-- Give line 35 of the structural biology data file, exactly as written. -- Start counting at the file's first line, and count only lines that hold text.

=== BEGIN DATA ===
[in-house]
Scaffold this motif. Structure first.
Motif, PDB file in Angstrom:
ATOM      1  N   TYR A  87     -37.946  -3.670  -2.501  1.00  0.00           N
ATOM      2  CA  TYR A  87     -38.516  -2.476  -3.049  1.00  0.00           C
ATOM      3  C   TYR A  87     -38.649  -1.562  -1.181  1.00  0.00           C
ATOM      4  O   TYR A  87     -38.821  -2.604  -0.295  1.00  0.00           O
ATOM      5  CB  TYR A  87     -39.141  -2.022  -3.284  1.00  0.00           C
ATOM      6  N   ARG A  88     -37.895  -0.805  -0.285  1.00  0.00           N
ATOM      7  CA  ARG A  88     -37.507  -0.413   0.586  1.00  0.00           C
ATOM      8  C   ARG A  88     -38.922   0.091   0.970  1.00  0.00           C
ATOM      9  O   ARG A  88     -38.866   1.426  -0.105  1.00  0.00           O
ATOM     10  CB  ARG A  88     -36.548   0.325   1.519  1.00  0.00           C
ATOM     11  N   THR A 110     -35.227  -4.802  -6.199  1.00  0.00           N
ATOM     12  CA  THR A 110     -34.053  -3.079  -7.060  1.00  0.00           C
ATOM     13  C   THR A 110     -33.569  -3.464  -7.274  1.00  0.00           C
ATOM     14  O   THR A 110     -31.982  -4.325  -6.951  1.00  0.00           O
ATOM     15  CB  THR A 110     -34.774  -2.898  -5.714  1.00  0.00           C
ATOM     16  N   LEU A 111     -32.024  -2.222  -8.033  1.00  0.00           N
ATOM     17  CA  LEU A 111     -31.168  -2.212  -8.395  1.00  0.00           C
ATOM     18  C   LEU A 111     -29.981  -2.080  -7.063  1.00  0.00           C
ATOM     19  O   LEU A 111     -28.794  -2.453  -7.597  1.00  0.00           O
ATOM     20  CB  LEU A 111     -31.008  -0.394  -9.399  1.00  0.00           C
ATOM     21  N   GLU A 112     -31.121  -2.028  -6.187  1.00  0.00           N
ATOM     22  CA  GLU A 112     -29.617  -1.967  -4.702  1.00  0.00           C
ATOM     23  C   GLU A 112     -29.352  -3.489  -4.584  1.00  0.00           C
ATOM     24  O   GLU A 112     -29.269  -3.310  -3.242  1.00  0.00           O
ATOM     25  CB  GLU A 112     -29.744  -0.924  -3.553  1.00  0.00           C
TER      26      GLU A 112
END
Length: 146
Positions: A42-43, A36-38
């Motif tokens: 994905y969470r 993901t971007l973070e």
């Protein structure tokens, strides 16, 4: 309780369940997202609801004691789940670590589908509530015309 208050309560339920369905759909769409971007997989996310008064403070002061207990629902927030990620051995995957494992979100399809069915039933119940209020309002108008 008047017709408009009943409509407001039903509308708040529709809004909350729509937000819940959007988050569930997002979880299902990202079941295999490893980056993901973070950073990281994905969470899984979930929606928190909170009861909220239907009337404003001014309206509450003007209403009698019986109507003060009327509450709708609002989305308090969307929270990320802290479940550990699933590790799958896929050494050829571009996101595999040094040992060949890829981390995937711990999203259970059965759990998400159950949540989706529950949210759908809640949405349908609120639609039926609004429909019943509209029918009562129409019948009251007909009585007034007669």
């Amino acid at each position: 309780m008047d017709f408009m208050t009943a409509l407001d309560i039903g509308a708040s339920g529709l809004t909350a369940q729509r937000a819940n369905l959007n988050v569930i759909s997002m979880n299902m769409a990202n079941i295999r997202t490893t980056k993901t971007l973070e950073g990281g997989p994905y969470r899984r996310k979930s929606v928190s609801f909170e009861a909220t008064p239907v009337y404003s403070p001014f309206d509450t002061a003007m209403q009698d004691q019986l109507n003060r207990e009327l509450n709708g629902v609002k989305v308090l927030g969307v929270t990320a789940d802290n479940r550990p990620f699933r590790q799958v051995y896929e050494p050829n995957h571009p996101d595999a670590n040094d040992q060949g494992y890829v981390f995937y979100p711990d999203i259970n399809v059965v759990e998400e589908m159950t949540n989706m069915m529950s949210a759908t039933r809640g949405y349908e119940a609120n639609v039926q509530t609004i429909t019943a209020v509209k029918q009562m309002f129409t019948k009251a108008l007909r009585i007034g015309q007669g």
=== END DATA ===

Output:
């Amino acid at each position: 309780m008047d017709f408009m208050t009943a409509l407001d309560i039903g509308a708040s339920g529709l809004t909350a369940q729509r937000a819940n369905l959007n988050v569930i759909s997002m979880n299902m769409a990202n079941i295999r997202t490893t980056k993901t971007l973070e950073g990281g997989p994905y969470r899984r996310k979930s929606v928190s609801f909170e009861a909220t008064p239907v009337y404003s403070p001014f309206d509450t002061a003007m209403q009698d004691q019986l109507n003060r207990e009327l509450n709708g629902v609002k989305v308090l927030g969307v929270t990320a789940d802290n479940r550990p990620f699933r590790q799958v051995y896929e050494p050829n995957h571009p996101d595999a670590n040094d040992q060949g494992y890829v981390f995937y979100p711990d999203i259970n399809v059965v759990e998400e589908m159950t949540n989706m069915m529950s949210a759908t039933r809640g949405y349908e119940a609120n639609v039926q509530t609004i429909t019943a209020v509209k029918q009562m309002f129409t019948k009251a108008l007909r009585i007034g015309q007669g």